My Two Census

Formerly the non-partisan watchdog of the 2010 US Census, and currently an opinion blog that covers all things political, media, foreign policy, globalization, and culture…but sometimes returning to its census/demographics roots.

Posts Tagged ‘Telly Awards’

Response from the Census Bureau re: “BS Awards”

Tuesday, July 21st, 2009

Jack Martin of the Public Information Office sent me the following e-mail in my response to my “BS Awards” post:

There are several inacuracies in Mr. Morse’s post that we feel the need to rectify.

First, our communications plan contractor, draftFCB, had nothing to do with the creation of this video, or entry in the Telly Awards program.  This video was produced internally by our Photo and Broadcast Services Division, a group of talented professionals who have also won many awards, including excellence awards from the Public Relations Society of America, the National Association of Government Communicators, a NY ADDY, an ARF David Ogilvy Award, and two CINE Golden Eagles.

Second, The Telly Awards have for the last 30 years recognized the creative efforts of thousands of people, and are very popular with thousands of organizations  Their website cites “over 14,000 entries from all 50 states and 5 continents” for this year.  Winning entries included commercials made for Wal-Mart and Chrysler, and other video projects for Discovery Channel, Disney, Verizon, ESPN, and AARP. The Telly Awards are popular with many who are “on the ground” creating the excellent work you see on commercial and public TV.  The entries are judged by peers, and usually not by major agency advertising executives.  A category may have several winners, or none.  The excellence of the production is awarded.

We are proud of our communications program and the recognition our contractors are receiving for their work on the 2010 Census

Jack Martin | U.S. Census Bureau | Public Information Office |

Our response: As has been previously noted, conversations with advertising professionals about the Telly Awards reveal their lack of prestige. The logic behind entering awards competitions that are not prestigious is very simple: Advertising companies, individuals, and in this case the Census Bureau want to call their products “award-winning” as this helps with future/current business, or in this case government oversight. This is easy to achieve when entering competitions that have many, many, many winners. And finally, no mention was made of Draftfcb in this post, other than identifying that the company was also involved in advertising efforts.

Congrats, The Census Bureau Wins This Year’s BS Awards!

Monday, July 20th, 2009

Today, the Census Bureau released the following press release about how it won an armload of the least prestigious awards ever received, which are called Tellys. Calls to multiple New York-based ad/marketing executives were met with words like “never heard of them” and “I don’t even think they’re real.” Jim Edwards, a former managing editor of AdWeek, said, “The Tellys are not a high-profile award by any means. They recognize one of the more humble niches of the advertising world, and that means that most people in the business have never heard of them.” Here’s the latest episode that relates to the Draftfcb PR farce from Suitland:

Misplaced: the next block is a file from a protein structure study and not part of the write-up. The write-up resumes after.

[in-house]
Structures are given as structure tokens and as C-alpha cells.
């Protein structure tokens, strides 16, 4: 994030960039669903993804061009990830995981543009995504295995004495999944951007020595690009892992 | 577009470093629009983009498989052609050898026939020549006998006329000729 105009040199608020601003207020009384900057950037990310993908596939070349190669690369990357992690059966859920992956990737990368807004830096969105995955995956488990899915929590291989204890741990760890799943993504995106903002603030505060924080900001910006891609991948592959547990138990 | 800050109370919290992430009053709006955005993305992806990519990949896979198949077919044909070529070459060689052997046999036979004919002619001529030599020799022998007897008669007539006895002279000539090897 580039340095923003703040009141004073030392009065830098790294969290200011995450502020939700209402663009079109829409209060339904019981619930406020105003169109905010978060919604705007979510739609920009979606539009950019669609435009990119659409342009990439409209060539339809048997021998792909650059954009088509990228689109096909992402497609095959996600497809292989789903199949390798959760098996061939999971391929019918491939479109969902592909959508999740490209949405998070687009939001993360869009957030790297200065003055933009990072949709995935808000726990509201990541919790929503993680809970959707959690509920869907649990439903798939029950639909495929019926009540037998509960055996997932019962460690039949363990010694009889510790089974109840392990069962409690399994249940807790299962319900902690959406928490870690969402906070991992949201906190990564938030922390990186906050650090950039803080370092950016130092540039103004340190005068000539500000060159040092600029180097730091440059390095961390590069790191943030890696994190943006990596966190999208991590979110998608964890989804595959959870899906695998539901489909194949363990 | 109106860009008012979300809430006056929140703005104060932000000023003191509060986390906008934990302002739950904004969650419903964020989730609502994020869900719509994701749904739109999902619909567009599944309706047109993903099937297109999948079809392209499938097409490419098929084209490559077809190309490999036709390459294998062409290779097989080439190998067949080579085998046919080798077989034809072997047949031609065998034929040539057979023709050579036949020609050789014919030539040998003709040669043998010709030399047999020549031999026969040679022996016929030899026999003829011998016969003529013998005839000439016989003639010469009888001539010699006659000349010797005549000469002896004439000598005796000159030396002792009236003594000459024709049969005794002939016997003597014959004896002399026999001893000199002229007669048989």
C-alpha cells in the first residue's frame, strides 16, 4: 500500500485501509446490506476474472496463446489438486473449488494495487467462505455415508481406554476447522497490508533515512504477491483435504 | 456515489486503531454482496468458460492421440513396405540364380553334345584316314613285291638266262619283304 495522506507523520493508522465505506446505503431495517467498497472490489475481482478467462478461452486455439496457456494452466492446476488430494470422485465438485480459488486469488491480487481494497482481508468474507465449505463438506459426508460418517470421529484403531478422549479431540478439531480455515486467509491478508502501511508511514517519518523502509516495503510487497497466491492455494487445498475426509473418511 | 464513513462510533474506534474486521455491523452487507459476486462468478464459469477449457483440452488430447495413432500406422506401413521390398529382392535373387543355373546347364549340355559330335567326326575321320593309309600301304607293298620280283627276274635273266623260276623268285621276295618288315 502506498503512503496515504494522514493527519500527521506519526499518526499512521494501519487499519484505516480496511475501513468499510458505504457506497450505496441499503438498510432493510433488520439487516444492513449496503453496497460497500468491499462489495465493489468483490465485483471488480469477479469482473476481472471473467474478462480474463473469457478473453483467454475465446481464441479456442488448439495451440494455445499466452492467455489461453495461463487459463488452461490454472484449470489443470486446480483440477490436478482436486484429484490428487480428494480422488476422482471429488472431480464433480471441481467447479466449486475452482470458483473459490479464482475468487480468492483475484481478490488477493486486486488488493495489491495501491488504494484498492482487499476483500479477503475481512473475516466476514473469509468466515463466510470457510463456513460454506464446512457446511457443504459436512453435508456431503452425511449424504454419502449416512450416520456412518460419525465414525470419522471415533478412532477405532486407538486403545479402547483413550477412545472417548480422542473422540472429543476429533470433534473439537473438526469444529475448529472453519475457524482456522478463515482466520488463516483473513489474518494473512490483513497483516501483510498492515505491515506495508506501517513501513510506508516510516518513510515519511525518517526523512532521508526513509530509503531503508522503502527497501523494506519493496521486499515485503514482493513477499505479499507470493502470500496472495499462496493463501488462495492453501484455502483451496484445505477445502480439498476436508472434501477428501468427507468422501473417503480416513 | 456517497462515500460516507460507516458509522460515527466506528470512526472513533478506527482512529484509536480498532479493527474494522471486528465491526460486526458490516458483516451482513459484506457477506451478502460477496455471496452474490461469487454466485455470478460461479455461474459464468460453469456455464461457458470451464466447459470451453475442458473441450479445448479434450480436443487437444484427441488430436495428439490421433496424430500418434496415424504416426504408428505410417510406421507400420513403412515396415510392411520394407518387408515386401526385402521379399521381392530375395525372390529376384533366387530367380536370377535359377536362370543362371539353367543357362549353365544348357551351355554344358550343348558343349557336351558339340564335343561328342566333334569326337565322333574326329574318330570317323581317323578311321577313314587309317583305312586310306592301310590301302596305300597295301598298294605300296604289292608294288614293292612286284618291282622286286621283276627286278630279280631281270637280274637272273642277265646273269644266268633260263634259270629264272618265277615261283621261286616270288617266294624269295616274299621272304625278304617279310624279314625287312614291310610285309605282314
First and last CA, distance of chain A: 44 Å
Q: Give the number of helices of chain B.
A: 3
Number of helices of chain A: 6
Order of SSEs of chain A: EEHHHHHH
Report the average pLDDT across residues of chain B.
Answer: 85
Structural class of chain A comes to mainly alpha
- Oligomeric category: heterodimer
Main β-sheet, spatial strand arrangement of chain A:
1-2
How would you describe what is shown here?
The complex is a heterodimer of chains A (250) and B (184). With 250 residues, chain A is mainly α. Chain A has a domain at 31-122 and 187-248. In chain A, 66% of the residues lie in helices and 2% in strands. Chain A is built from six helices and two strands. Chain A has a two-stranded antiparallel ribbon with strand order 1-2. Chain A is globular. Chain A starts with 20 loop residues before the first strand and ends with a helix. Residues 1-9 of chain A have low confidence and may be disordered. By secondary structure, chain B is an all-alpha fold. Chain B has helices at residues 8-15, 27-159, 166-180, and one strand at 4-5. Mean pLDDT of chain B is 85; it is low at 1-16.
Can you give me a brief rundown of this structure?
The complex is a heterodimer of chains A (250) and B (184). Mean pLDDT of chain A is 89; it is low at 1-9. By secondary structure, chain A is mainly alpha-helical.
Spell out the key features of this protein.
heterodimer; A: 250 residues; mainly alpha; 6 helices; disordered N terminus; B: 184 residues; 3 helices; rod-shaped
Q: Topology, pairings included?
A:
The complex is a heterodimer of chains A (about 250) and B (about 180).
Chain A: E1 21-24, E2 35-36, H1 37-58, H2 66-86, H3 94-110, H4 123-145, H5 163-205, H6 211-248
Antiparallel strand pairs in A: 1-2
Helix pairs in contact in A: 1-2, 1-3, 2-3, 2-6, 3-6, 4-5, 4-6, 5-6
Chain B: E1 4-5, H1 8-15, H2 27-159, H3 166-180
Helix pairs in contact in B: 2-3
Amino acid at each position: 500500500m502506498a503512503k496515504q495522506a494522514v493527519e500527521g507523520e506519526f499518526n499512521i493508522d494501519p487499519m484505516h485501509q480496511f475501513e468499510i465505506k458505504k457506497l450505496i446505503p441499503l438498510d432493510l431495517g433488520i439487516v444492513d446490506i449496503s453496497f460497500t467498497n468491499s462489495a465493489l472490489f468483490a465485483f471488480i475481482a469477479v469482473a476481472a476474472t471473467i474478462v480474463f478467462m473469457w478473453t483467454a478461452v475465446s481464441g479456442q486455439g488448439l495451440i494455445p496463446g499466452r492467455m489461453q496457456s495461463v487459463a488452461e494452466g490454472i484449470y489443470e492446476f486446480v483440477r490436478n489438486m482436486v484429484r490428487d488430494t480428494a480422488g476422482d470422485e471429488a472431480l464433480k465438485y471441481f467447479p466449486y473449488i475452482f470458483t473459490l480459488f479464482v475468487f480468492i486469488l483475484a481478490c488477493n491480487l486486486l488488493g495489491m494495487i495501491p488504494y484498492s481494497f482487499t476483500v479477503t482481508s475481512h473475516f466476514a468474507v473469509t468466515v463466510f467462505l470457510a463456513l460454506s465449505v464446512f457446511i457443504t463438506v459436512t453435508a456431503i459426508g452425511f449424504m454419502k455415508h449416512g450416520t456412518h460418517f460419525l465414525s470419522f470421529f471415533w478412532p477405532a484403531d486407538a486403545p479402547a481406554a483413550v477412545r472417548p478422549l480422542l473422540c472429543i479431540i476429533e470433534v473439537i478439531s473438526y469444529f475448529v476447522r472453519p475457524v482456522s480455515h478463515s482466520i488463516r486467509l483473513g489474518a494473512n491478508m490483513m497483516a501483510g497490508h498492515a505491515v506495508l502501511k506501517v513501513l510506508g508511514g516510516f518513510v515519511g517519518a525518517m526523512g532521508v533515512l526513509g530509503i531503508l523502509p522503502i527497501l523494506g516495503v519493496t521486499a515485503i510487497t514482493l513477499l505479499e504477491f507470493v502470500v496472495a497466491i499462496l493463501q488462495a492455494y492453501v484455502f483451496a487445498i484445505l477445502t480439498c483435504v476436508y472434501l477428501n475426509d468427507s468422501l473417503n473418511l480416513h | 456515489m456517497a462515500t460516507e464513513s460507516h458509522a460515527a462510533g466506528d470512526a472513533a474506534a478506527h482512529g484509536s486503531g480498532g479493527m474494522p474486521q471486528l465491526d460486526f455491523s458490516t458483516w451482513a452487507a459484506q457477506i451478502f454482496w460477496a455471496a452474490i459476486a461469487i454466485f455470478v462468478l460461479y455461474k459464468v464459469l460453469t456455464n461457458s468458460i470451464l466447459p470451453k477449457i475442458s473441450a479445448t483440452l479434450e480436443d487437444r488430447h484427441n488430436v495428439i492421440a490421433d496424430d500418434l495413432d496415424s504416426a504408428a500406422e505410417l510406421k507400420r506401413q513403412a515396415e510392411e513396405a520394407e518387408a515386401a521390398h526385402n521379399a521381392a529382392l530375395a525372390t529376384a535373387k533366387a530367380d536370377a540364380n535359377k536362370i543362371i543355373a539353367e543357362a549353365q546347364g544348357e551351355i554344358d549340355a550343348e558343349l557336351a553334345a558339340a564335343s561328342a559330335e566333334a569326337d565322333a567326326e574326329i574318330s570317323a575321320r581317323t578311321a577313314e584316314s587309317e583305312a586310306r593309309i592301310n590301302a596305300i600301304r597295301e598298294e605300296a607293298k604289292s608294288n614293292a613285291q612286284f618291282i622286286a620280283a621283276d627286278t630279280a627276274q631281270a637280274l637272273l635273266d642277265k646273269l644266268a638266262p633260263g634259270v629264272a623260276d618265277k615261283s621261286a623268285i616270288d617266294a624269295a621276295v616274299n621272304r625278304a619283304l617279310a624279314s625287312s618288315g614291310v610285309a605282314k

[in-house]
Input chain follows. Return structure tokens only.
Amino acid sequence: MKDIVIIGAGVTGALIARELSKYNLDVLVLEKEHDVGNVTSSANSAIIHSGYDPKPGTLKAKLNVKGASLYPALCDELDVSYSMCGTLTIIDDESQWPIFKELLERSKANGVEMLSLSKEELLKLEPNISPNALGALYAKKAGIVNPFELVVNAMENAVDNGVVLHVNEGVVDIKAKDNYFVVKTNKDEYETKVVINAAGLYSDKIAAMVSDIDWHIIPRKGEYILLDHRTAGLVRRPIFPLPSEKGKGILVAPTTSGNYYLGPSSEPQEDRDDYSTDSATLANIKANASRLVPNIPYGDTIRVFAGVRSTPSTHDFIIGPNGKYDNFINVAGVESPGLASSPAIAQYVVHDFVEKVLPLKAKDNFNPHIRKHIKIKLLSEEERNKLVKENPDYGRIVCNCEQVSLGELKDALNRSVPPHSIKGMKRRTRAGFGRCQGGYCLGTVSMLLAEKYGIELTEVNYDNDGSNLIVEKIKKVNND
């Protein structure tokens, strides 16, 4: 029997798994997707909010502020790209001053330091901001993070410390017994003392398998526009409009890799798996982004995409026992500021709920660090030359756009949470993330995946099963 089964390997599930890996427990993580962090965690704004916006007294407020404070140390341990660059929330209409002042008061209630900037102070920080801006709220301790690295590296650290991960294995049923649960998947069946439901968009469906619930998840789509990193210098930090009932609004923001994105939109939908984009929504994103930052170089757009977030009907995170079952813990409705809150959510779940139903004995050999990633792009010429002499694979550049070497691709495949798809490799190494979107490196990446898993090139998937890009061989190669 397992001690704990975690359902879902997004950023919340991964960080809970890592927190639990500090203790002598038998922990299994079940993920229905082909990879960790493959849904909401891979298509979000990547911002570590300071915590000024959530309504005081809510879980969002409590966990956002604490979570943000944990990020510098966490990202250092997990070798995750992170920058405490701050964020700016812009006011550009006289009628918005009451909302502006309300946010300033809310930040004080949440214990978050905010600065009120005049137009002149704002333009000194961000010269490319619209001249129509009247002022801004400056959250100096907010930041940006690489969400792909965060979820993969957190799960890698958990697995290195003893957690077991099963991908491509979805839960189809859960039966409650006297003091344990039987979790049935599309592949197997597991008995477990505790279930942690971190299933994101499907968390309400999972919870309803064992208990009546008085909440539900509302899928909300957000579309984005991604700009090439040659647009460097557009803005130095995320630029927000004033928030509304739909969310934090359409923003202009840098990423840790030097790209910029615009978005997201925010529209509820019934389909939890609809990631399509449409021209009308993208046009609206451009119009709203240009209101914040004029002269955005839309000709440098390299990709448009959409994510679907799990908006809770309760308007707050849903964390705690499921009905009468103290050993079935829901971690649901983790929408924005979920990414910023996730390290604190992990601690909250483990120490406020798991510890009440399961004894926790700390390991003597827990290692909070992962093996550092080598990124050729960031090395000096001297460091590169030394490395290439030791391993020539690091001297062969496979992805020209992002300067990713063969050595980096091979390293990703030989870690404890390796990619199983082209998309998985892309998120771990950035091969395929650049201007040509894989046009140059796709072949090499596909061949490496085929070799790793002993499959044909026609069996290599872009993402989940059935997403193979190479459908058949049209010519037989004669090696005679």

WASHINGTON, July 20 /PRNewswire-USNewswire/ — A series of 2010 Census promotional videos have won several prestigious Telly Awards as well as a Videographer Award of Excellence — awards that honor the best in video production.

(Logo: http://www.newscom.com/cgi-bin/prnh/20090226/CENSUSLOGO)

The videos were produced by the Public Information Office at the U.S. Census Bureau as part of a collaborative effort between headquarters, regional and contracting staff. They were submitted for consideration by contractors Therese Allen and Corey Petree.

The four- to seven-minute videos, titled “A New Portrait of America,” were produced to reach different segments of the population including the general, African-American, Asian, Hispanic, Native American/Alaska Native, Native Hawaiian and Other Pacific Islanders, and Puerto Rican audiences.

In the nonbroadcast productions category, the videos received silver Tellys for use of music and editing, and a bronze Telly was awarded for government relations. In the Internet/online video category, a silver Telly was awarded for music and a bronze Telly was awarded for editing.

The videos also received the 2009 Videographer Award of Excellence in the government/federal and creativity/video/original music categories.

The “New Portrait of America” videos include diverse images from throughout the country as well as interviews with community leaders. They are used at activities and events to promote the 2010 Census and encourage everyone’s participation in next year’s national count.

The “New Portrait of America” videos may be viewed at the following link: http://2010.census.gov/2010census/multimedia/videos/013879.html.

The real humor in this is that after looking into the “Telly Awards,” it  looks like there are hundreds upon hundreds thousands upon thousands of winners in each category. It seems like the creators of the Telly Awards just want an outlet for ad agencies to impress their clients by paying entry fees to become recipients of this everyone’s-a-winner competition.